only variable costs (no fixed costs) charged as COS, fixed costs just w/off on total against contribution for period
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Marginal costing profit equation
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MC 5 advantages
1) VC easily identified (no estimate) 2) profit isn't affected by changing inv levels 3) w/off FC in period occurred reflects reality 4) used for short term decisions on output 5) easier to understand
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MC 3 disadvantages
1) if use for decisions, may fail to recover fixed OH 2) in long term all costs variable 3) cannot use for valuing inv in financial accounts
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profit statement outline using TAC
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profit statement outline using MC
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working with a constraint 2 aims
1) whats best use for limited resource 2) how can we maximise the profit
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working with a constraint 7 steps
1) contn/unit 2) limiting factor (what we need/what we have) 3) contn/limiting factor 4) rank 5) production plan 6) total contn 7) total profit (use equation remember FC ARE FIXED!!)
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contn/limiting factor equation
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further aspects of NPV analysis: capital rationing definition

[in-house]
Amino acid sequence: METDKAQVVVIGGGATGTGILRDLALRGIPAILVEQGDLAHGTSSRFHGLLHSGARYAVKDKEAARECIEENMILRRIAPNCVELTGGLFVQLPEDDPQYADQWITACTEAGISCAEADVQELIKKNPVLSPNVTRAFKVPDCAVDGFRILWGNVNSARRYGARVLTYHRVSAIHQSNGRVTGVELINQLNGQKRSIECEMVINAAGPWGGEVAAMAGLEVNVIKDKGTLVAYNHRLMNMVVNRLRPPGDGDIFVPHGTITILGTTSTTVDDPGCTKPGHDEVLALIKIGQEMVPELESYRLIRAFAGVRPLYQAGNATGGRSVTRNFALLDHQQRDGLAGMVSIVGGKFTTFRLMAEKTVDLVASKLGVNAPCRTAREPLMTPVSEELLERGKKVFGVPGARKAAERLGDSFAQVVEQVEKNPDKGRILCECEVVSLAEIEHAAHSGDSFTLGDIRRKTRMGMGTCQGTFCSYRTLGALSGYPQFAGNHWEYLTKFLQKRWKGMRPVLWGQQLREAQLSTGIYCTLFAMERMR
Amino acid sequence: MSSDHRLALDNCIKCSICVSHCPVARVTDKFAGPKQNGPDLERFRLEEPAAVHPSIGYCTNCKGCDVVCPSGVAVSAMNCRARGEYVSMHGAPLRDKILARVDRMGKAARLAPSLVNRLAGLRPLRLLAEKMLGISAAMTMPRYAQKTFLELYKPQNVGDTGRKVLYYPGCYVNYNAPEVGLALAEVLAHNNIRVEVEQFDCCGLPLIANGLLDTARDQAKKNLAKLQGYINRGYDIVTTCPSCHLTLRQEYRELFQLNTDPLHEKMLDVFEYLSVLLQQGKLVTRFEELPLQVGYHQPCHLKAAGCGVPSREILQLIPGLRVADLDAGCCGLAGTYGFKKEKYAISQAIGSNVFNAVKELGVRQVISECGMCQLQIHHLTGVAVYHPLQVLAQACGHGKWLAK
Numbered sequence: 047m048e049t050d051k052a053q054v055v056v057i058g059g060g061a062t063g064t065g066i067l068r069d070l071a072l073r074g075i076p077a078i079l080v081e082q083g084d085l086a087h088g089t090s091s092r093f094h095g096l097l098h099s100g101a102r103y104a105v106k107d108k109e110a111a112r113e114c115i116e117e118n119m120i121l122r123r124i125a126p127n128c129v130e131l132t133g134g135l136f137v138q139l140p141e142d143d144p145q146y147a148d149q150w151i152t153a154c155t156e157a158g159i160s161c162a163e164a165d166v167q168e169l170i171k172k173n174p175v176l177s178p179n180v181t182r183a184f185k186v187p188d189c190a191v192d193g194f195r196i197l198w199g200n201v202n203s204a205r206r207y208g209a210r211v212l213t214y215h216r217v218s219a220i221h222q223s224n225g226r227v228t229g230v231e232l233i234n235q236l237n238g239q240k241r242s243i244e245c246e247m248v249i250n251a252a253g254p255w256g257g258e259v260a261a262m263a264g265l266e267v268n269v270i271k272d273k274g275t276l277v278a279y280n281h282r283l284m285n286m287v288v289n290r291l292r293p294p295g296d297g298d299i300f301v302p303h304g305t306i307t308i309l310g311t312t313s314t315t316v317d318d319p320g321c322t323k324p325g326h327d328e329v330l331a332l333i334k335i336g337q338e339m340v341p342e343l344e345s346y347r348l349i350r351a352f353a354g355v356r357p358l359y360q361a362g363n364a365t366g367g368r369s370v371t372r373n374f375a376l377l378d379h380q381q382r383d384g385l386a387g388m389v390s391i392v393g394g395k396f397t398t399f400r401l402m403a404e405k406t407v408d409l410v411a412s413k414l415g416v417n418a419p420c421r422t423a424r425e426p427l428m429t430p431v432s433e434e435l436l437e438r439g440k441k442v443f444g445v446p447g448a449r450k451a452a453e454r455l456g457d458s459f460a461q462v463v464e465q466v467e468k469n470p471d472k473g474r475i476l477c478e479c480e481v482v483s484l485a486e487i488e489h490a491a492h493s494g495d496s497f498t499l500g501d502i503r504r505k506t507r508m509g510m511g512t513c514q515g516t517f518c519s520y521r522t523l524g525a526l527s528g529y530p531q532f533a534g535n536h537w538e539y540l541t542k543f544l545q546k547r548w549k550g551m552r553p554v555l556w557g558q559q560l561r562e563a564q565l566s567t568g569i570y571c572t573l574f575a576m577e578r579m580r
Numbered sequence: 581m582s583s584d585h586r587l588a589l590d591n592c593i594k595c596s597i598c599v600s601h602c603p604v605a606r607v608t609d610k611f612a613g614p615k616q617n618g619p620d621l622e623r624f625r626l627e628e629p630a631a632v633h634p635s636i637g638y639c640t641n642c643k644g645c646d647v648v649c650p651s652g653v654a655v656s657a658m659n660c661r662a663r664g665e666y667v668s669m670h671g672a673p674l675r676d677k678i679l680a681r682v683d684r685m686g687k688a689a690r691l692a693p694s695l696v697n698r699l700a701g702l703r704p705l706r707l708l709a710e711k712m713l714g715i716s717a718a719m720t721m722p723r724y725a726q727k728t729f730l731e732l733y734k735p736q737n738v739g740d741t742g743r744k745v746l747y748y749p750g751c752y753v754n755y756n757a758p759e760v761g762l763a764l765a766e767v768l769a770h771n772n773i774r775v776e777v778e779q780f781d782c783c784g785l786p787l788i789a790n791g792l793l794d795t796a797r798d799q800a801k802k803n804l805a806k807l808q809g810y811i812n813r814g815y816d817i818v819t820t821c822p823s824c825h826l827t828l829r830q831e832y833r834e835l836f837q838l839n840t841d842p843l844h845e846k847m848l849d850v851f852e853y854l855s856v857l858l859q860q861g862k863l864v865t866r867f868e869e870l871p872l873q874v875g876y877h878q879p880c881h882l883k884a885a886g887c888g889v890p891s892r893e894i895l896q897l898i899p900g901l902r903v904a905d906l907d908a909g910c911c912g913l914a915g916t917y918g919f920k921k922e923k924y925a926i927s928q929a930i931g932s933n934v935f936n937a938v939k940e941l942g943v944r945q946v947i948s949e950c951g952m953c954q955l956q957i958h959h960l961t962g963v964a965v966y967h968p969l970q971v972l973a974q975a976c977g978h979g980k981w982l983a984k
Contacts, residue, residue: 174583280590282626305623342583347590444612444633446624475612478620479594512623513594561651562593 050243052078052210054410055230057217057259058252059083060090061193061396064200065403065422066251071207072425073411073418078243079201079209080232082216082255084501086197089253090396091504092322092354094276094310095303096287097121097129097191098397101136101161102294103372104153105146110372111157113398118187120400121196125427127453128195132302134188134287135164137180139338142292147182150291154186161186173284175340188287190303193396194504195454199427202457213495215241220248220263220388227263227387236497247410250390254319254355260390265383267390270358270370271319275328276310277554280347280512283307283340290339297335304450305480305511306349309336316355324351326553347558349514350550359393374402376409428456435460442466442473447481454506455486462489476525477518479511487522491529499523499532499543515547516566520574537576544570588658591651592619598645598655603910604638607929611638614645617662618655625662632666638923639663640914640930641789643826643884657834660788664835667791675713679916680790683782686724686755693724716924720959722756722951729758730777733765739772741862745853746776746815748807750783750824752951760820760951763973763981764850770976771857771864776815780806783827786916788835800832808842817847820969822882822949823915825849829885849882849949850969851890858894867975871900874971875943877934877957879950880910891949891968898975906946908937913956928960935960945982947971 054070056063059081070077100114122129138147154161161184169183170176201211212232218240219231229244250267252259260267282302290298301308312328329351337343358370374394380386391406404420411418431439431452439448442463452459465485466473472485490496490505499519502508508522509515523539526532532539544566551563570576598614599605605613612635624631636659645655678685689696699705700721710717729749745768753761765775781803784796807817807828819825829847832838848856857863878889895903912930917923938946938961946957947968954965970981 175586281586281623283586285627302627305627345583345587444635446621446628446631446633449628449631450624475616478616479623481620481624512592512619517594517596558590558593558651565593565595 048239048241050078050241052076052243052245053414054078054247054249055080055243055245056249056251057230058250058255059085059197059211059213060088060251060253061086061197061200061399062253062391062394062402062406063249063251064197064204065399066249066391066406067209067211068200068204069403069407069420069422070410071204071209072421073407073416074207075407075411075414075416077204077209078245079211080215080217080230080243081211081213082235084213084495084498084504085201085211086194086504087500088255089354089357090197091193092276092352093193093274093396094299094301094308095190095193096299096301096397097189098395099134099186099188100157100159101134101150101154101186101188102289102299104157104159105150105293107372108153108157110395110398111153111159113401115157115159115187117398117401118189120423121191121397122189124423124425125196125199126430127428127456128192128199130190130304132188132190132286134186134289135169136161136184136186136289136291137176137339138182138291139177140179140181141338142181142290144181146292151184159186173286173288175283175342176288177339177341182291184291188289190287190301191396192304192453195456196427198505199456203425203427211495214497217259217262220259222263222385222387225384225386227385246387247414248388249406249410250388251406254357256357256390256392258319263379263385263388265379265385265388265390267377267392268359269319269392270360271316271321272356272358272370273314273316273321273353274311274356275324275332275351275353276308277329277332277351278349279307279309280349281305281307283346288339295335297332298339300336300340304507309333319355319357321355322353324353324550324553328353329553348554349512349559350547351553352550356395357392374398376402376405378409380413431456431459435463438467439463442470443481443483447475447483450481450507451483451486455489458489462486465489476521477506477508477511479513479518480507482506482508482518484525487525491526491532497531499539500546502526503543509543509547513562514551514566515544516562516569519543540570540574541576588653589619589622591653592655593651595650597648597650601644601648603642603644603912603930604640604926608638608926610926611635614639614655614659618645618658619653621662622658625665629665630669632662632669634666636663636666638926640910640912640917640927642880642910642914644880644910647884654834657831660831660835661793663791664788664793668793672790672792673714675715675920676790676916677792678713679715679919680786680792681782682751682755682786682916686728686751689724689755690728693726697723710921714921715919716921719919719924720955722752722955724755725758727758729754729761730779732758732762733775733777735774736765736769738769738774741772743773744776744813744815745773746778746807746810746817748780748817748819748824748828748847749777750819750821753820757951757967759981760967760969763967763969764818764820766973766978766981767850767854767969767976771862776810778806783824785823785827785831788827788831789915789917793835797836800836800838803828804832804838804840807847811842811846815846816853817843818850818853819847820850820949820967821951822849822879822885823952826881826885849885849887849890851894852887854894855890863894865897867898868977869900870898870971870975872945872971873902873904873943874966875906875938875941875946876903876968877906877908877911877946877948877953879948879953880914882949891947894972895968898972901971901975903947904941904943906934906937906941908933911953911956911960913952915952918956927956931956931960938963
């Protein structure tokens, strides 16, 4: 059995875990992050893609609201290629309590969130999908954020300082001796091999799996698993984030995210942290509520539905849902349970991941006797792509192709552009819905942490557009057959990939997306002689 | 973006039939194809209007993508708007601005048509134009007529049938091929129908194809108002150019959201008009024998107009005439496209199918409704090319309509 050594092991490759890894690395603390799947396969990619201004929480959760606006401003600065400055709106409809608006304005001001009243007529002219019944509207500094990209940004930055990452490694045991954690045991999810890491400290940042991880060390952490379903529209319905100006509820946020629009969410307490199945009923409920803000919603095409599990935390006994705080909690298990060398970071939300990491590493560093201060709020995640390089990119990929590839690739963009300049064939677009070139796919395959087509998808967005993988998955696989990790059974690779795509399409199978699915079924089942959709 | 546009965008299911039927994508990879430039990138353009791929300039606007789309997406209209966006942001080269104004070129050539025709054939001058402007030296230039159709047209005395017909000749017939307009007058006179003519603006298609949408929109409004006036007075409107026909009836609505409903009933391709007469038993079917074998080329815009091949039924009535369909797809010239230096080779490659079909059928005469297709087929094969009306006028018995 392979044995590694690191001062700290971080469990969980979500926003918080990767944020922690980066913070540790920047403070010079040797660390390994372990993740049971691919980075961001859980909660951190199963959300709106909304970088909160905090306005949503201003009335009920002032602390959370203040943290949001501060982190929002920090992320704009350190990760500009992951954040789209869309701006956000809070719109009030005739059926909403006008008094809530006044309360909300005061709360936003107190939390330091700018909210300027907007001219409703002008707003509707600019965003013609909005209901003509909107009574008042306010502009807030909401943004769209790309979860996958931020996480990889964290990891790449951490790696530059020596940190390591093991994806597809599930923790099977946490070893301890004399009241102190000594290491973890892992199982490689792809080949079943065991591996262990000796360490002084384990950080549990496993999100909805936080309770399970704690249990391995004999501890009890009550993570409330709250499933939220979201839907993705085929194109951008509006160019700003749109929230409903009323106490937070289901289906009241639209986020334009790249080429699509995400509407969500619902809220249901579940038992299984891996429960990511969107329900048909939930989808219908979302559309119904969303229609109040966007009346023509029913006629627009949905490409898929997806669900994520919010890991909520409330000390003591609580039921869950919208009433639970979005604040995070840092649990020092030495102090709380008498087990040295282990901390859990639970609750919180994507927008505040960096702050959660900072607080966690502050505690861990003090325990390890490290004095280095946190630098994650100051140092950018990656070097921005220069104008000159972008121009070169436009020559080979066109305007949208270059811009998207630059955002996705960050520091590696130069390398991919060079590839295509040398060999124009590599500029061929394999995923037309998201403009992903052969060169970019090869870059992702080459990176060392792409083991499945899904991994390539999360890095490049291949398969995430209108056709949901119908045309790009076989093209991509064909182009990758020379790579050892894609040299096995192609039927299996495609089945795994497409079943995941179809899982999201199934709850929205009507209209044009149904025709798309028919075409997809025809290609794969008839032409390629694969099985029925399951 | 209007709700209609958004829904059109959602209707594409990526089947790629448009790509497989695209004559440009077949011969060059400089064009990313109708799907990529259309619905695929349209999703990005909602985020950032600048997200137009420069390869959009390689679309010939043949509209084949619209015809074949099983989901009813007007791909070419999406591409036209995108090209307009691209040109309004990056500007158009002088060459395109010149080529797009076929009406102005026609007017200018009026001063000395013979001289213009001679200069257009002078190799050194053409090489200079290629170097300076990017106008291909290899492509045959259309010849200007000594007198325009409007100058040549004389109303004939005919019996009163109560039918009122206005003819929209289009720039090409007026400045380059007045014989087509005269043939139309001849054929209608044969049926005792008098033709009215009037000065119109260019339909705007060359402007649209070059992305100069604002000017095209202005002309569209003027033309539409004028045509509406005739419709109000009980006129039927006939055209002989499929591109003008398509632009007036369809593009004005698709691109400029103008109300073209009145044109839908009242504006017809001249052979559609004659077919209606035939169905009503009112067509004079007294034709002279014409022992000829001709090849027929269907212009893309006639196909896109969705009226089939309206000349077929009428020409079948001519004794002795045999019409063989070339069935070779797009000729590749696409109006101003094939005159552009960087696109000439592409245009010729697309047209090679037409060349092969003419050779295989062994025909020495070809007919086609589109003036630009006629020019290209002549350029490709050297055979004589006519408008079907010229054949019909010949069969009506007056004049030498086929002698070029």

arises when organisations are restricted in money available for investment and finds itself unable to invest in all worthwhile projects (+ve NPV)
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further aspects of NPV analysis: capital rationing 2 types
1) hard/external capital rationing (people won't lend you money) 2) soft/internal capital rationing (you don't want to borrow money)
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further aspects of NPV analysis: capital rationing 3 other reasons
1) way of getting people to compete for best project to get capital 2) organisation can't cope with change of doing so many projects 3) don't want to give away control (equity/debt)
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further aspects of NPV analysis: divisible projects
either whole project or fraction of project undertaken/ linear returns on investments made
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further aspects of NPV analysis: indivisible projects
either whole project undertaken or not at all
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further aspects of NPV analysis: divisible projects single period 4 stages
1) NPV of each project 2) work out per £ of investment (year 0) 3) rank 4) decide which project make most NPV using capped amount of capital (can use fractions)